These are the number of strikes for 19 Kentucky Derby candidates who are not scheduled to race again before the first Saturday in May:


Fast and Accurate (0 strikes)

Girvin (Category 6)

Gunnevera (0 strikes)

Hence (Category 4)

Irap (Category 7)

J Boys Echo (0 strikes)

Practical Joke (0 strikes)

Royal Mo (Category 4)

Thunder Snow (0 strikes)


TWO STRIKES (The victory is possible though it’s unlikely group)

Always Dreaming (Categories 1 and 6)

Irish War Cry (Categories 4 and 6)

Gormley (Categories 3 and 4)

McCraken (Categories 3 and 6)

State of Honor (Categories 2 and 7)


THREE OR MORE STRIKES (The victory is almost impossible group)

Battalion Runner (Categories 1, 2, 4, 6)

Battle of Midway (Categories 2, 4, 6, 8)

Cloud Computing (Categories 2, 6 and 8)

Local Hero (Categories 2, 4, 6)

Patch (Categories 1, 2, 6 and 8)


Here are the strikes for each Kentucky Derby winner going back to 1973:

1973 Secretariat (0 strikes)

1974 Cannonade (2 strikes) Categories 3 and 4

1975 Foolish Pleasure (0 strikes)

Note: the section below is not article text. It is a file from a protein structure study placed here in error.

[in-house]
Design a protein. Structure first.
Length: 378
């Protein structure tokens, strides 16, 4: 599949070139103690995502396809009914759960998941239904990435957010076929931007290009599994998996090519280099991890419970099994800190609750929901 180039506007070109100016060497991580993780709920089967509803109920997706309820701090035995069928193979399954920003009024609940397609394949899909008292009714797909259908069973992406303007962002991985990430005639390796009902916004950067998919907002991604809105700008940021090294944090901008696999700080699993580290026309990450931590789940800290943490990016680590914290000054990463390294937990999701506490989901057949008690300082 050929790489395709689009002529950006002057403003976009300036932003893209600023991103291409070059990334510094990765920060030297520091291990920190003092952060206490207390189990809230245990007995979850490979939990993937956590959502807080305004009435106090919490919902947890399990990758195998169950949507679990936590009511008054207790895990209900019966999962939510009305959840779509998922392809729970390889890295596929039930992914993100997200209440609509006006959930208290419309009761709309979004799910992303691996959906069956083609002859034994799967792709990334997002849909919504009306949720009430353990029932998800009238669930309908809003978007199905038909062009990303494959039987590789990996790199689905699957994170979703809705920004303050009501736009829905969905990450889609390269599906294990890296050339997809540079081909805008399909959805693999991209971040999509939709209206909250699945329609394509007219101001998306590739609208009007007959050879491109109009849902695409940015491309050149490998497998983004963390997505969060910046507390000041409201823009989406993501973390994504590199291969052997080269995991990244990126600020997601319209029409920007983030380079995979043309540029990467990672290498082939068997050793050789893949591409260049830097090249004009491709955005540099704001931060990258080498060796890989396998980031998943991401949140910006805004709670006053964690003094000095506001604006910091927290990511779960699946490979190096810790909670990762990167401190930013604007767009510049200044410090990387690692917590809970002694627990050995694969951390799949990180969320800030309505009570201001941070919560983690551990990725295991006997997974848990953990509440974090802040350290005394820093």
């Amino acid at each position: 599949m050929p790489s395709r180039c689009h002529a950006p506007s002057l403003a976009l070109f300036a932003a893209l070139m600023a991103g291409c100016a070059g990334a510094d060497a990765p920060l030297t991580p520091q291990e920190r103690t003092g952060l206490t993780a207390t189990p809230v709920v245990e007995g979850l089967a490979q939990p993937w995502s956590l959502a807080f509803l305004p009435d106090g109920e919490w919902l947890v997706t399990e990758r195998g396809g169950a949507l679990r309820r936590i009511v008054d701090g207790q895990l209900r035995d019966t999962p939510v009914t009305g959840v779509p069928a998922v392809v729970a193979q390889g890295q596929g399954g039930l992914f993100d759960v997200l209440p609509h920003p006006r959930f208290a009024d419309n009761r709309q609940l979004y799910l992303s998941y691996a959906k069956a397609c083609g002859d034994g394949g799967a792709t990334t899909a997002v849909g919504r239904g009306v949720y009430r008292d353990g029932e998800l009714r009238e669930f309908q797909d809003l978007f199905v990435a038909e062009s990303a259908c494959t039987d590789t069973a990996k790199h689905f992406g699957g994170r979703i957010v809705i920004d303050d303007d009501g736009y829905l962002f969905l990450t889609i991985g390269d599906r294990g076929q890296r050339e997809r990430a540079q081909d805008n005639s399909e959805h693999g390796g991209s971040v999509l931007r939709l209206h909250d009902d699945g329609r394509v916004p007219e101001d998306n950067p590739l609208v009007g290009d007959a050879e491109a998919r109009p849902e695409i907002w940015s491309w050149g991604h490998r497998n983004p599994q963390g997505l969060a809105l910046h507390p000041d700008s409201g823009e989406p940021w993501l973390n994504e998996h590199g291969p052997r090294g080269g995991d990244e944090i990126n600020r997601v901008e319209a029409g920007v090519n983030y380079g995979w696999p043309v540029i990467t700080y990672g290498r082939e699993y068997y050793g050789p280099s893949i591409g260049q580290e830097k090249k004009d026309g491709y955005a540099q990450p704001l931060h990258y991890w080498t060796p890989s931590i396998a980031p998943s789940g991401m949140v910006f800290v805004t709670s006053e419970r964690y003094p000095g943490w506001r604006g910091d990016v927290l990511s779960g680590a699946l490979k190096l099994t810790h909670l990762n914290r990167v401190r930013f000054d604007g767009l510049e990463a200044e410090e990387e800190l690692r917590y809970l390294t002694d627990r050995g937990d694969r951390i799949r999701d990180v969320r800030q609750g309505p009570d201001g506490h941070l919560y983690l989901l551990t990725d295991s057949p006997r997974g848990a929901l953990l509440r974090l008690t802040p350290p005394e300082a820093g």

1976 Bold Forbes (0 strikes)

1977 Seattle Slew (0 strikes)

1978 Affirmed (0 strikes)

1979 Spectacular Bid (0 strikes)

1980 Pleasant Colony (0 strikes)

1981 Genuine Risk (1 strike) Category 1

1982 Gato Del Sol (1 strike) Category 3

1983 Sunny’s Halo (1 strike) Category 1

1984 Swale (0 strikes)

1985 Spend a Buck (0 strikes)

1986 Ferdinand (2 strikes) Categories 2 and 4

1987 Alysheba (1 strike) Category 2

1988 Winning Colors (0 strikes)

1989 Sunday Silence (0 strikes)

1990 Unbridled (1 strike) Category 3

1991 Strike the Gold (0 strikes)

1992 Lil E. Tee (0 strikes)

1993 Sea Hero (2 strikes) Categories 3 and 5

1994 Go for Gin (0 strikes)

1995 Thunder Gulch (0 strikes)

1996 Grindstone (0 strikes)

1997 Silver Charm (1 strike) Category 4

1998 Real Quiet (0 strikes)

1999 Charismatic (1 strike) Category 5

2000 Fusaichi Pegasus (1 strike) Category 6

2001 Monarchos (0 strikes)

2002 War Emblem (0 strikes)

2003 Funny Cide (2 strikes) Categories 2 and 9

2004 Smarty Jones (0 strikes)

2005 Giacomo (2 strikes) Categories 2 and 5

2006 Barbaro (1 strike) Category 6

2007 Street Sense (0 strikes)

2008 Big Brown (1 strike) Category 6

2009 Mine That Bird (4 strikes) Categories 1, 4, 5 and 9

2010 Super Saver (1 strike) Category 4

2011 Animal Kingdom (1 strike) Category 6

2012 I’ll Have Another (1 strike) Category 6

2013 Orb (0 strikes)

2014 California Chrome (0 strikes)

2015 American Pharoah (1 strike) Category 6

2016 Nyquist (0 strikes)

These are the nine key factors (or categories) in my Derby Strikes System: